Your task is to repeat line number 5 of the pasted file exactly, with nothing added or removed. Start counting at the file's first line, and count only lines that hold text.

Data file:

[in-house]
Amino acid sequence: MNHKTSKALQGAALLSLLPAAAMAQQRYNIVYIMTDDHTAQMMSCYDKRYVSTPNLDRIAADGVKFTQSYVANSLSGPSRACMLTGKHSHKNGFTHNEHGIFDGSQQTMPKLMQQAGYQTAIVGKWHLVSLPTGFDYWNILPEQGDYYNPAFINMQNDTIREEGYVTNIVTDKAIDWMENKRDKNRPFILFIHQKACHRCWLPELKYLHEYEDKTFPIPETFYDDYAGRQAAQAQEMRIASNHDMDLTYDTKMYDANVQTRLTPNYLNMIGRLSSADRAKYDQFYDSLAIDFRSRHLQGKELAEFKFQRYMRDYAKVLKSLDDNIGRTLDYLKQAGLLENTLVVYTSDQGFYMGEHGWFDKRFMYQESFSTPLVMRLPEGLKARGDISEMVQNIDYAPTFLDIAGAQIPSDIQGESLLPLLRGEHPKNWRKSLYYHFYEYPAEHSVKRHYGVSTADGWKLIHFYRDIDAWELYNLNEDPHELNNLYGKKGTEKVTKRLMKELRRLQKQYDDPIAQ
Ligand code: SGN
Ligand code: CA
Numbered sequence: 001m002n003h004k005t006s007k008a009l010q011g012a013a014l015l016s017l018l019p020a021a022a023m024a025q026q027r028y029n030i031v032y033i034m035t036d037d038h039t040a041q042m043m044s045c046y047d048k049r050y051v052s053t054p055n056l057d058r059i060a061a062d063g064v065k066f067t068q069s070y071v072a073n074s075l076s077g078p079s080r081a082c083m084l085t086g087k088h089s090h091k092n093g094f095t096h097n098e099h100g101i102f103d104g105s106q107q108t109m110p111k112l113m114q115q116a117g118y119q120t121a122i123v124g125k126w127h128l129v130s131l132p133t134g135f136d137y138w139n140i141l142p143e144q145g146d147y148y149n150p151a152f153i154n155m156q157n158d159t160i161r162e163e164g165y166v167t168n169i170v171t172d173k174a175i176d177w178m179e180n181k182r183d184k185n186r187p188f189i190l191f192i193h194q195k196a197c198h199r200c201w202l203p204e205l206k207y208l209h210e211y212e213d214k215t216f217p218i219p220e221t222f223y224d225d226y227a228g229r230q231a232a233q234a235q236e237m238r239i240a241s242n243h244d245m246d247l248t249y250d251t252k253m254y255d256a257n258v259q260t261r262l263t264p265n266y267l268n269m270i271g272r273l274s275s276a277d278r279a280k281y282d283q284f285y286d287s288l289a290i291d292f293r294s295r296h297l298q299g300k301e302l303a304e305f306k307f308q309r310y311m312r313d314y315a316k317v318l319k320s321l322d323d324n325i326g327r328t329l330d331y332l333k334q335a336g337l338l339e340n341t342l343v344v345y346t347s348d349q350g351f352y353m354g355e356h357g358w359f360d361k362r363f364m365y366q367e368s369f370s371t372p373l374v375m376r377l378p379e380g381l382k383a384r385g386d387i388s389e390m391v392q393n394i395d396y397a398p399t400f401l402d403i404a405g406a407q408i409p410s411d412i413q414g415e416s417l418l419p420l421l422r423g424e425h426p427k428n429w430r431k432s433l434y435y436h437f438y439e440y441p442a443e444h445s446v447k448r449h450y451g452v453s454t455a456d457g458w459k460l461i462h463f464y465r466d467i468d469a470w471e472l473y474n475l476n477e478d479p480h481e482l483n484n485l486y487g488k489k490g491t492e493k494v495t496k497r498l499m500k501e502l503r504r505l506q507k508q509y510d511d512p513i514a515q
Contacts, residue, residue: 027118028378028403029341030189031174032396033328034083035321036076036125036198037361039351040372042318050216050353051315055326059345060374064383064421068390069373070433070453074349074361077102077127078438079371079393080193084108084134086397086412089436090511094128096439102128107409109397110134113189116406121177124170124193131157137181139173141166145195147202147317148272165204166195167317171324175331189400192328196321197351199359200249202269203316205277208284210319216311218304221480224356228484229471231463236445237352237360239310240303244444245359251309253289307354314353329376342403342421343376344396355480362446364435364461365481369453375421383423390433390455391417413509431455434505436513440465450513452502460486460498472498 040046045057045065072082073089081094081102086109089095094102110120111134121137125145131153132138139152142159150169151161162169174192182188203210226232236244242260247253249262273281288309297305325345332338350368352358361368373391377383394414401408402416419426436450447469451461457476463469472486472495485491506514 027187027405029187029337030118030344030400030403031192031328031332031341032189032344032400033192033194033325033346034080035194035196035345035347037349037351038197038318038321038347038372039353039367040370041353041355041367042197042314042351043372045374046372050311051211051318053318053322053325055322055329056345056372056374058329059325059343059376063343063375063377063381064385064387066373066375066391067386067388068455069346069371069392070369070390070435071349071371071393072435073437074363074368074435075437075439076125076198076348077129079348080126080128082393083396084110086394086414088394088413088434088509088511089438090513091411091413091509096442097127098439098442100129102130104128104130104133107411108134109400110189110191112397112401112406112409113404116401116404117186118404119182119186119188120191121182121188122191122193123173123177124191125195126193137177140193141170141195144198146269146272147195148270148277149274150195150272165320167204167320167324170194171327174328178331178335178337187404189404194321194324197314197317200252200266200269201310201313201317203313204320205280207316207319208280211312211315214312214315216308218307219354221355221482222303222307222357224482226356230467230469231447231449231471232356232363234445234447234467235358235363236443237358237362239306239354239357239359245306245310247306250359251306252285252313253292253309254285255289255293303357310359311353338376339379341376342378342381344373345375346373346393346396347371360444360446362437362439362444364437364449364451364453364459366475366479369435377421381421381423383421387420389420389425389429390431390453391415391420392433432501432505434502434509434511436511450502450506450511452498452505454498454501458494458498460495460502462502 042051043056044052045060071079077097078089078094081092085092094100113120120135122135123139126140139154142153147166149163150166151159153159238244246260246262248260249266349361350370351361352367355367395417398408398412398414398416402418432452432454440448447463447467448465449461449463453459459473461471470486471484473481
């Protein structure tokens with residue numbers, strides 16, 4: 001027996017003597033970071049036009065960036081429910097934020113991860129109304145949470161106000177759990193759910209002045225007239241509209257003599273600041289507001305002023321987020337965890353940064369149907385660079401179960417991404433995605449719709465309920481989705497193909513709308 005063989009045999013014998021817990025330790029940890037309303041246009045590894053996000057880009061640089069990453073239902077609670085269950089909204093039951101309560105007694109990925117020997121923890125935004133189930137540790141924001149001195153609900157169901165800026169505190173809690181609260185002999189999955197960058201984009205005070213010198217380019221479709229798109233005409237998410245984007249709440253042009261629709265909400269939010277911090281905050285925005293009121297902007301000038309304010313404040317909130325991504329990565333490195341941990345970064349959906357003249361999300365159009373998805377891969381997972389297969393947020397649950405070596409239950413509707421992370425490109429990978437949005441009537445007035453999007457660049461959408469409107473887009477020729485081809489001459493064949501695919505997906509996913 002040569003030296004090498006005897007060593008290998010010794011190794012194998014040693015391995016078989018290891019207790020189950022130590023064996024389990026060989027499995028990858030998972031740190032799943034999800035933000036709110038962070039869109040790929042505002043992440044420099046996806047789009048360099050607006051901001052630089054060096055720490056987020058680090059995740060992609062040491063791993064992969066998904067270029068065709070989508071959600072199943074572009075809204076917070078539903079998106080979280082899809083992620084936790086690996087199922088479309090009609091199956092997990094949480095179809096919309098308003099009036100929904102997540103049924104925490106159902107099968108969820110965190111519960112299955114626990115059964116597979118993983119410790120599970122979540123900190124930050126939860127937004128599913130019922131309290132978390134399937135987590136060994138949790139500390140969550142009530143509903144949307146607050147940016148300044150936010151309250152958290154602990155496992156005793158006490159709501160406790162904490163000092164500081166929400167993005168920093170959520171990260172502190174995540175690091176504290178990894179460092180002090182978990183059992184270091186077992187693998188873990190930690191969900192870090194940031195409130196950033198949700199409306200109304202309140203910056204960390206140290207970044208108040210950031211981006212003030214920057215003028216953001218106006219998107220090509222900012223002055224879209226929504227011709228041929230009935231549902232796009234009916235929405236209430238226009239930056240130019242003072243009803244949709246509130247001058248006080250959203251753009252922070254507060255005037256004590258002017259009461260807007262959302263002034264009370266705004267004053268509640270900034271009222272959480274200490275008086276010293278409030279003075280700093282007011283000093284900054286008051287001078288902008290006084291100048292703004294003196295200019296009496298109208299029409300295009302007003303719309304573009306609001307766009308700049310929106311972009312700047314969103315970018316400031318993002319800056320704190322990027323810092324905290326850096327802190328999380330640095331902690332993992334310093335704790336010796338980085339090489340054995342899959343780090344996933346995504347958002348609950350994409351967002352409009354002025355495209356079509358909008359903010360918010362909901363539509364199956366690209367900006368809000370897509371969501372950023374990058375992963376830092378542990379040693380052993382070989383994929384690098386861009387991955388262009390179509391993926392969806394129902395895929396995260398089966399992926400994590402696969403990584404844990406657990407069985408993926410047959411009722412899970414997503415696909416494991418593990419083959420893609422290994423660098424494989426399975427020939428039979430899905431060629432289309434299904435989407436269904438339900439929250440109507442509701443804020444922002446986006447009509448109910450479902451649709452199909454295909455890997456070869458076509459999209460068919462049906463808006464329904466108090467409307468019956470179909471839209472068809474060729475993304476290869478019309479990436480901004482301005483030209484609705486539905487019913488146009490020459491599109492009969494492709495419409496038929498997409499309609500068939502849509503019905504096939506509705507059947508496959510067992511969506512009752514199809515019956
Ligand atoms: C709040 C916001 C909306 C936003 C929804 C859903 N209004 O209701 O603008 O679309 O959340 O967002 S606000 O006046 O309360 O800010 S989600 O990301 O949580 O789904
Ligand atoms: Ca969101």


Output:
Numbered sequence: 001m002n003h004k005t006s007k008a009l010q011g012a013a014l015l016s017l018l019p020a021a022a023m024a025q026q027r028y029n030i031v032y033i034m035t036d037d038h039t040a041q042m043m044s045c046y047d048k049r050y051v052s053t054p055n056l057d058r059i060a061a062d063g064v065k066f067t068q069s070y071v072a073n074s075l076s077g078p079s080r081a082c083m084l085t086g087k088h089s090h091k092n093g094f095t096h097n098e099h100g101i102f103d104g105s106q107q108t109m110p111k112l113m114q115q116a117g118y119q120t121a122i123v124g125k126w127h128l129v130s131l132p133t134g135f136d137y138w139n140i141l142p143e144q145g146d147y148y149n150p151a152f153i154n155m156q157n158d159t160i161r162e163e164g165y166v167t168n169i170v171t172d173k174a175i176d177w178m179e180n181k182r183d184k185n186r187p188f189i190l191f192i193h194q195k196a197c198h199r200c201w202l203p204e205l206k207y208l209h210e211y212e213d214k215t216f217p218i219p220e221t222f223y224d225d226y227a228g229r230q231a232a233q234a235q236e237m238r239i240a241s242n243h244d245m246d247l248t249y250d251t252k253m254y255d256a257n258v259q260t261r262l263t264p265n266y267l268n269m270i271g272r273l274s275s276a277d278r279a280k281y282d283q284f285y286d287s288l289a290i291d292f293r294s295r296h297l298q299g300k301e302l303a304e305f306k307f308q309r310y311m312r313d314y315a316k317v318l319k320s321l322d323d324n325i326g327r328t329l330d331y332l333k334q335a336g337l338l339e340n341t342l343v344v345y346t347s348d349q350g351f352y353m354g355e356h357g358w359f360d361k362r363f364m365y366q367e368s369f370s371t372p373l374v375m376r377l378p379e380g381l382k383a384r385g386d387i388s389e390m391v392q393n394i395d396y397a398p399t400f401l402d403i404a405g406a407q408i409p410s411d412i413q414g415e416s417l418l419p420l421l422r423g424e425h426p427k428n429w430r431k432s433l434y435y436h437f438y439e440y441p442a443e444h445s446v447k448r449h450y451g452v453s454t455a456d457g458w459k460l461i462h463f464y465r466d467i468d469a470w471e472l473y474n475l476n477e478d479p480h481e482l483n484n485l486y487g488k489k490g491t492e493k494v495t496k497r498l499m500k501e502l503r504r505l506q507k508q509y510d511d512p513i514a515q